All around us nature is in the process of a remarkable transition from brown to green. The potting shed is resplendent with emerging green seedlings; green leaves have emerged on the trees in our garden; brown soil is bringing forth rapidly growing green weeds. The decay and stasis of winter have been replaced by renewal and growth.
Barbara Kingsolver’s wonderful memoir Animal, Vegetable, Miracle does a wonderful job of explaining why and how we should follow the arc of nature’s plant growth if we want to eat the most seasonal, most nutritious food throughout the year. The arc follows a very specific trajectory through the seasons – from shoot to leaf to fruit and finally to root. In order to work out which foods are best for us at particular times of the year, we should simply look around us and consider what stage of development the plants around us are at.
Around now? Plants are bursting forward in to life, producing green leaves which are nature’s great and wise spring tonic and the most seasonally appropriate food one can eat at this time of the year. After a long season of earthy, heavy root crops, we are relishing revitalizing nettles, baby spinach, chard and salad leaves.
A little later in the year the plants will move beyond the leaf stage and start to produce seed pods (peas and beans) and flower heads (like broccoli). Then in the summer, they start to set fruit. It starts with the small fruits like tomatoes and cucumbers. Then later in the summer the fruits get larger with harder skins (to survive the oncoming cold) such as squashes and pumpkins. And then finally, as summer gives way to autumn and winter, the plants go down in to the soil in search of nutrients and we get root crops.
Most of the food that the food chain serves up is no longer nutrient rich, or at least not as nutrient rich as it should be. This is because when it comes to nutrients, it all starts with the soil. If there are not enough nutrients in the soil (and there’s not – the world’s farmland is between 75-85% less rich in minerals than it was 100 years ago), then there’s not enough in the food grown in it either. And then of course, we pick food when it’s not ripe, and transport it half way (or all the way) around the world so that it loses even more of whatever nutrients it had to start with. It’s little wonder that there is such a chronic lack of human wellness and vitality.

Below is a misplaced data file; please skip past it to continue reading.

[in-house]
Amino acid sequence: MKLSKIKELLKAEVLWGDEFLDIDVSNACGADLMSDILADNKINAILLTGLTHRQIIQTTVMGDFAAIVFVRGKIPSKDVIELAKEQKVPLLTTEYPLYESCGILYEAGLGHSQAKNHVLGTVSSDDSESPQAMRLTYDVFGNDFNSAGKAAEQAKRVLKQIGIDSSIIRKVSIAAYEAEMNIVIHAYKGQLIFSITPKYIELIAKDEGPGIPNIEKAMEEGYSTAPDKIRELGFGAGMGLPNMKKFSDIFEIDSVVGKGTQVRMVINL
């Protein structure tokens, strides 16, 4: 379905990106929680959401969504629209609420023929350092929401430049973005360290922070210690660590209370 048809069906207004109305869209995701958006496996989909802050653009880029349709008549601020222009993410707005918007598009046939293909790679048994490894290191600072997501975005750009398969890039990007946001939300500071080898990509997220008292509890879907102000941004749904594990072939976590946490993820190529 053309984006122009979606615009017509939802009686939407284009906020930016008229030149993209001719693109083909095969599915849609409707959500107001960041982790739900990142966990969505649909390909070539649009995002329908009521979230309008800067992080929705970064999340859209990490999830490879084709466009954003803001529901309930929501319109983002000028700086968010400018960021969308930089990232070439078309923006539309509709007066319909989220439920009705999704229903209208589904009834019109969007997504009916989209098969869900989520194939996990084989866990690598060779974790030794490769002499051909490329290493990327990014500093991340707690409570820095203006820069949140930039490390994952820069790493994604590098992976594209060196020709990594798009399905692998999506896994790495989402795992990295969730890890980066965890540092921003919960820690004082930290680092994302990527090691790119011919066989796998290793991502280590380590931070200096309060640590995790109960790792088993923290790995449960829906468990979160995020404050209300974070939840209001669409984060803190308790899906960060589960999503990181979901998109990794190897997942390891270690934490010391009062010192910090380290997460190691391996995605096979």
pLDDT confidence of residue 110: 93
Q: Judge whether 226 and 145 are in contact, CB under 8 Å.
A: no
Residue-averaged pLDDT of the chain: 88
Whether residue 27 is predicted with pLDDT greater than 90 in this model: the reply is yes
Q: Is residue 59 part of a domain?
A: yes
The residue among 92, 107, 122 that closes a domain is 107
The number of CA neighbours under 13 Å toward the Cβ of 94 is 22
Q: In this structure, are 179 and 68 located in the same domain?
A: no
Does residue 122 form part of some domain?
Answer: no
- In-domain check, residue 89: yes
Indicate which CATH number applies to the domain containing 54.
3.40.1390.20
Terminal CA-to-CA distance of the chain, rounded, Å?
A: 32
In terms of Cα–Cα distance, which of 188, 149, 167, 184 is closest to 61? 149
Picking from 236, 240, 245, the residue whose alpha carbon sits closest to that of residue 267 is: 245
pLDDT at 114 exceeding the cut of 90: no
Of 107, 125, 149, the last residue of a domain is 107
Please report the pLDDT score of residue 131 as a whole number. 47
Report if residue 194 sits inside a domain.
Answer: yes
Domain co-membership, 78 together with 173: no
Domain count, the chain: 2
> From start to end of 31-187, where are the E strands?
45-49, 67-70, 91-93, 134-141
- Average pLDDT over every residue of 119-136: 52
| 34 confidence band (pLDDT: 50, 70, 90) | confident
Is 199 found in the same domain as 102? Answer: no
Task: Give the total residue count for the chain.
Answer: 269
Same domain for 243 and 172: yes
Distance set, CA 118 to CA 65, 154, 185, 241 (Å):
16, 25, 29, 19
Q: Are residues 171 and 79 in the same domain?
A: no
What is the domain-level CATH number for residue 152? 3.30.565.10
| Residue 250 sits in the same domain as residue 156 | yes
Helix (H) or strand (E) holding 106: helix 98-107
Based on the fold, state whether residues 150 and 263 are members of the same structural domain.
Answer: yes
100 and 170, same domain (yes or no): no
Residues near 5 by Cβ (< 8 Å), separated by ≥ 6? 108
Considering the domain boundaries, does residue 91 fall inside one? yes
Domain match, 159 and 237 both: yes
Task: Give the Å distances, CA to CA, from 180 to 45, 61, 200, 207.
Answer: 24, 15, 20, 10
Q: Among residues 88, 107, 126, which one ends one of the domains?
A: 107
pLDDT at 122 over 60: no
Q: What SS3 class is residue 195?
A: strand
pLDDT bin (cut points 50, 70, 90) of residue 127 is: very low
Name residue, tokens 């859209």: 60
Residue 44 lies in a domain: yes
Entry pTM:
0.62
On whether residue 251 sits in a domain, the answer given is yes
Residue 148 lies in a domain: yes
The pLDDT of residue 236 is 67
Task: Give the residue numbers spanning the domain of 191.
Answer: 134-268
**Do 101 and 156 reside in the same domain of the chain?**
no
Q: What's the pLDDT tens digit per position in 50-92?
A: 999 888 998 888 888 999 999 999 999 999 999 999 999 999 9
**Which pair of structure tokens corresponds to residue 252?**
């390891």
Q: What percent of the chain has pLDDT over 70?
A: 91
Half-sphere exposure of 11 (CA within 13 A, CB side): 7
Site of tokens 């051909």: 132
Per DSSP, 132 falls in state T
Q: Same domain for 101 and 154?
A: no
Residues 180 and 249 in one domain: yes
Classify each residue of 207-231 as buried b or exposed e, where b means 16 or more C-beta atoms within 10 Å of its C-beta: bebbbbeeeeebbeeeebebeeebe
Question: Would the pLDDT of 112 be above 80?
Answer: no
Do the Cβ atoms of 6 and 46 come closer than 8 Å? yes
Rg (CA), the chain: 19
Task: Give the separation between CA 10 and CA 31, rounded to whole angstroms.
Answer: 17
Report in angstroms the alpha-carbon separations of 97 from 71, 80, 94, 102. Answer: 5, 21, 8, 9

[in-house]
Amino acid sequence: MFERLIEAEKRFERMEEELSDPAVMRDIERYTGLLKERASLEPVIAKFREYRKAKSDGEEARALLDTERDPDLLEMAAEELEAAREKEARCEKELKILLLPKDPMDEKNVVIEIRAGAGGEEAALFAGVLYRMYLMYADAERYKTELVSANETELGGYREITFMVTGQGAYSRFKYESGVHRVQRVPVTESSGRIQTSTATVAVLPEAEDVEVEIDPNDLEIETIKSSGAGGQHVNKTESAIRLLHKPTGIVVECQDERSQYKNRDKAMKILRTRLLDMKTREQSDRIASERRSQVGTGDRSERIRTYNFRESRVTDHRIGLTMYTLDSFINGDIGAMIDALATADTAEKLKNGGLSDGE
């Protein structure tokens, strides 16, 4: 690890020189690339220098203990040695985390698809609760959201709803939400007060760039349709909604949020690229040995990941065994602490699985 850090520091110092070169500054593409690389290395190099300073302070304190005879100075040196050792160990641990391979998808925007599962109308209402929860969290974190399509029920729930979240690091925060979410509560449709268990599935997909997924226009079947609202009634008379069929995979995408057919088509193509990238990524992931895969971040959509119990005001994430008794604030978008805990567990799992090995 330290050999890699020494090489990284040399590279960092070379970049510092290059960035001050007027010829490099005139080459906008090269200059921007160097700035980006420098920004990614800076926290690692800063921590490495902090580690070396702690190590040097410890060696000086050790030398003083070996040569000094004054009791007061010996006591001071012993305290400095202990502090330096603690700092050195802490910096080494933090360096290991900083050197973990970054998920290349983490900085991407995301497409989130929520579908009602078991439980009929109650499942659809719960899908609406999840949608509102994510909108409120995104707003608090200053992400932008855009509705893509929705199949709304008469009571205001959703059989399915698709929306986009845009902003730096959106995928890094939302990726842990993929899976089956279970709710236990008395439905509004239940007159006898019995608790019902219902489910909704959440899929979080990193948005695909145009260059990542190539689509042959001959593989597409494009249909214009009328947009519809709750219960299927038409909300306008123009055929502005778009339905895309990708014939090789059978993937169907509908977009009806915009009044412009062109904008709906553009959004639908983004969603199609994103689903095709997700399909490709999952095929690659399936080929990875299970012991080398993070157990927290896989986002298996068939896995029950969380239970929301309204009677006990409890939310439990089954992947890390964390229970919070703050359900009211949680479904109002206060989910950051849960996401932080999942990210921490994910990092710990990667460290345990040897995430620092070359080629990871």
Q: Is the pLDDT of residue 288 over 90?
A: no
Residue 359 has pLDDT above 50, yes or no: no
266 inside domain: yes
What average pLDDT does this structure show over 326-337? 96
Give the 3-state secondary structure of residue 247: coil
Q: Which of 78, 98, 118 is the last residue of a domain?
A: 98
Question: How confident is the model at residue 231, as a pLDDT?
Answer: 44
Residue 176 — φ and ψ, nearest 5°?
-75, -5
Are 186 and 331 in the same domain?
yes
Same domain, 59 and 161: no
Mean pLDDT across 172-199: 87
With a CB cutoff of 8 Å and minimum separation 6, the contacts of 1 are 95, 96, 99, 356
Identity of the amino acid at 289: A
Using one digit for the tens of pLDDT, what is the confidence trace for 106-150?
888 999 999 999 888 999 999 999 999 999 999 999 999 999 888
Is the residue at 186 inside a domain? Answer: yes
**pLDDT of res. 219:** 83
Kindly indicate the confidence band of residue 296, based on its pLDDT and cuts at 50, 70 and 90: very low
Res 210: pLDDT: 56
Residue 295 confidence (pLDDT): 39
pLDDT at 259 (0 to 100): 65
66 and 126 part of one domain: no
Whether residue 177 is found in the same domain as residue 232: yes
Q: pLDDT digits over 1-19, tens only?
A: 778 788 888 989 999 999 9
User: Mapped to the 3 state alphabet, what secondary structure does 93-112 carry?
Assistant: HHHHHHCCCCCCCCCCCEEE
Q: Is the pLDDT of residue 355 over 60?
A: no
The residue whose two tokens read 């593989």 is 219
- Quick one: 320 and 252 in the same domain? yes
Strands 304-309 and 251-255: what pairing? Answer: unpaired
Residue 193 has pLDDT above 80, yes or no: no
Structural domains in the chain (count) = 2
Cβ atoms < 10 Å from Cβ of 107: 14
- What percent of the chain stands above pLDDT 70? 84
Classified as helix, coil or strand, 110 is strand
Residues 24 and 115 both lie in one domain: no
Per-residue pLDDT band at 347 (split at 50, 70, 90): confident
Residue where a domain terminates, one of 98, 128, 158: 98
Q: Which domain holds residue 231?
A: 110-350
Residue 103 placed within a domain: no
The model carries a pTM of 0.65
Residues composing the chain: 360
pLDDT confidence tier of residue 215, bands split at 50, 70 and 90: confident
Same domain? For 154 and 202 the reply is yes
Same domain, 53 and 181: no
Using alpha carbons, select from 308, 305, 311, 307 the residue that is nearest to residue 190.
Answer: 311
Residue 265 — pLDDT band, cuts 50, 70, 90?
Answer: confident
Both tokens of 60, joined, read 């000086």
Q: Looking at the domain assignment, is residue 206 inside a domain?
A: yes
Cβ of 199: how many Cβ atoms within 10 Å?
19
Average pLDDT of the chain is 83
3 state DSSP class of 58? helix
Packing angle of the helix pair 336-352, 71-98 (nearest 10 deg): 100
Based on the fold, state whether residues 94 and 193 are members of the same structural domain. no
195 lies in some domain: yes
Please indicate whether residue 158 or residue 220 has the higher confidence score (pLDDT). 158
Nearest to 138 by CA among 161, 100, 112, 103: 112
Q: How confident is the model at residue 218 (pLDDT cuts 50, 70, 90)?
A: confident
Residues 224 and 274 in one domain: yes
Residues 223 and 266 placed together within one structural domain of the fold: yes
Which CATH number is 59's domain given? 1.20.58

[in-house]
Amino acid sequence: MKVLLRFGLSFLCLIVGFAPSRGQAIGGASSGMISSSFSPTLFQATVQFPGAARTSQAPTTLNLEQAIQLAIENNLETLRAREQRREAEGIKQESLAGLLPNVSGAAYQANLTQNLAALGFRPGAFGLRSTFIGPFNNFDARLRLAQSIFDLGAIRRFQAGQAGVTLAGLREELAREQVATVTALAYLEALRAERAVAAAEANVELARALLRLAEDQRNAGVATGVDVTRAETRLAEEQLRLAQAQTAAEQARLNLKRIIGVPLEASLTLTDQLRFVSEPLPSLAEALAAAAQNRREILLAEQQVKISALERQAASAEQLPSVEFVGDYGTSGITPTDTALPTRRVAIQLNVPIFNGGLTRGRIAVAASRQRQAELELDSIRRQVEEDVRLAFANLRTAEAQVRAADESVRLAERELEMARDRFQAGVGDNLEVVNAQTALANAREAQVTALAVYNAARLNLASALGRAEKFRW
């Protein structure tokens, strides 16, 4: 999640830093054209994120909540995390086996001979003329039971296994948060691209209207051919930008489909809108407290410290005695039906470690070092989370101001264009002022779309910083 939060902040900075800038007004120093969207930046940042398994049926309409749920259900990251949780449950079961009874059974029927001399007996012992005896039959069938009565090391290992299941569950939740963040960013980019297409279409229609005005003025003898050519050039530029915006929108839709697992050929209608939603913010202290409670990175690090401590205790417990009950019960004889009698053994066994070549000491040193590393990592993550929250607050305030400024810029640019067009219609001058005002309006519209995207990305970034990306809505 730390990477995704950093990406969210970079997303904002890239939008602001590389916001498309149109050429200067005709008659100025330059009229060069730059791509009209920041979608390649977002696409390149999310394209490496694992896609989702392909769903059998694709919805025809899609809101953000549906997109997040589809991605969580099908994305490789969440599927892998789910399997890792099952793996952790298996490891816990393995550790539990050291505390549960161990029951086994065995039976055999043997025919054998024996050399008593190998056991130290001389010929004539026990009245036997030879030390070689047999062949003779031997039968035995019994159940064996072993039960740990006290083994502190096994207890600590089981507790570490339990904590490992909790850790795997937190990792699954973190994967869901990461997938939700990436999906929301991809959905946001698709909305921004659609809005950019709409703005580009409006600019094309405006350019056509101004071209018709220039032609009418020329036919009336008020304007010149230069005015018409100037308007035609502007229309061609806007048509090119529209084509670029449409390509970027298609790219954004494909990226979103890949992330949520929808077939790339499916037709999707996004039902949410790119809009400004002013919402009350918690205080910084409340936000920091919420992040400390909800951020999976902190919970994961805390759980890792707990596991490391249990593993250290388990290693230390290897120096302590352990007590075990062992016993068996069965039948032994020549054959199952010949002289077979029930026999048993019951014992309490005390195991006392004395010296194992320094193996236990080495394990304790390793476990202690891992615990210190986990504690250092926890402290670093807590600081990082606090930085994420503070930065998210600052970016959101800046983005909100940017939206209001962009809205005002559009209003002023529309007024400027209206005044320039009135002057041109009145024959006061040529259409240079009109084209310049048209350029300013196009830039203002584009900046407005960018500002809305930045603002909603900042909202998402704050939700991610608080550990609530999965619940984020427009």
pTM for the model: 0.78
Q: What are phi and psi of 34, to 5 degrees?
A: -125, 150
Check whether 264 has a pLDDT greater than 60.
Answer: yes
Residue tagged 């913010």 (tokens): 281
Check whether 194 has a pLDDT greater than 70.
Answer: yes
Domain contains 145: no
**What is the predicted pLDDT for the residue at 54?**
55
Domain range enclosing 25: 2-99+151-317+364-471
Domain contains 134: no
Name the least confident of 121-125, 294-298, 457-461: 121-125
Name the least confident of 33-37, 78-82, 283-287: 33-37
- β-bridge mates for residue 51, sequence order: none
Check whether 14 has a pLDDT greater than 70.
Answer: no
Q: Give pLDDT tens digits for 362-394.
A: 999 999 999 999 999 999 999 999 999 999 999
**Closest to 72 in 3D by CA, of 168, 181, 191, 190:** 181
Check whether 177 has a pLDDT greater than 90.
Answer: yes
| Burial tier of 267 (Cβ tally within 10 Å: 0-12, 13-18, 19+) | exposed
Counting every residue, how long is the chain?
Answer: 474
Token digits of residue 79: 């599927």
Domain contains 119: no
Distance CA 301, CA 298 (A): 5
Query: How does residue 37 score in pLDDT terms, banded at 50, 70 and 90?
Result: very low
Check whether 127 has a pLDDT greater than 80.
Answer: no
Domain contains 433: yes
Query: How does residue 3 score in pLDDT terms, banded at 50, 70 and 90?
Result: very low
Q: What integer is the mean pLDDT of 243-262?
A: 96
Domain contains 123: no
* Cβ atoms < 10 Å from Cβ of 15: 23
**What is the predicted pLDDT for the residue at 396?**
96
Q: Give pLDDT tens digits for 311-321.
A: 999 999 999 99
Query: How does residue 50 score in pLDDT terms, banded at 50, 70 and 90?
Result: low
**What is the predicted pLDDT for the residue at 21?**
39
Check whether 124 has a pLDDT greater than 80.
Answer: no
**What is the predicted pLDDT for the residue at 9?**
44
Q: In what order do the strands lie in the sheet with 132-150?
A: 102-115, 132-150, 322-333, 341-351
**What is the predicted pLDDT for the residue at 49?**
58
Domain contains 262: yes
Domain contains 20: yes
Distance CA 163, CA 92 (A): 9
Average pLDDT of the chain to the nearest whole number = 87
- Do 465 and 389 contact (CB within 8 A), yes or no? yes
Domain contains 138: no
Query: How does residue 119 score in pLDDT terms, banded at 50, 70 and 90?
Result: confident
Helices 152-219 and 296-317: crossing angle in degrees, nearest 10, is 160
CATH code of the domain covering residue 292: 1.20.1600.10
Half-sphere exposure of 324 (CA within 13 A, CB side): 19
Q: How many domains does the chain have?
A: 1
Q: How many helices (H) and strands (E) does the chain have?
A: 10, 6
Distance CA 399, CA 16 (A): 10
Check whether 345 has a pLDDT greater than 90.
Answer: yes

Home-grown food on the other hand gives you access to food that is nutrient rich because it’s grown in carefully-maintained nutrient rich soil, picked and consumed at the height of its freshness and by definition, seasonally appropriate. That’s a virtuous circle of fully nourished land, food and people.
The Basics – Hardening Off
There’s quite an amount of “hardening off” to do now. This is the process of acclimatizing seedlings, that have been grown indoors or under cover, to the colder temperatures outside. So, here’s the deal: if you take seedlings that have been grown in the snuggly warmth of a sunny windowsill inside in your kitchen and put them straight out in the ground, they will probably die.
The key is to get them gradually used to the lower temperatures over the space of a week to ten days. On the first day, put them out for a few hours, but bring them in again later. Think of it like a recce to test the waters. The next day leave them out for a few more hours and so on. As the week goes on, leave them out for longer and longer, until by the end of the week they should be out for the full day. At this stage, they should be ready for life in the great outdoors.
All of this means that this time of the year involves a good deal of ferrying in and out between potting shed and veg patch with arms full of seed trays. Seed trays can dry out quite quickly if it’s sunny and windy, so keep an eye on the seed trays/pots and the weather forecast to judge whether they need watering or not. Ideally keep them up off the ground so they’re less likely to get munched or trampled on (cats, dogs, snails etc) – on a bench or rack is good.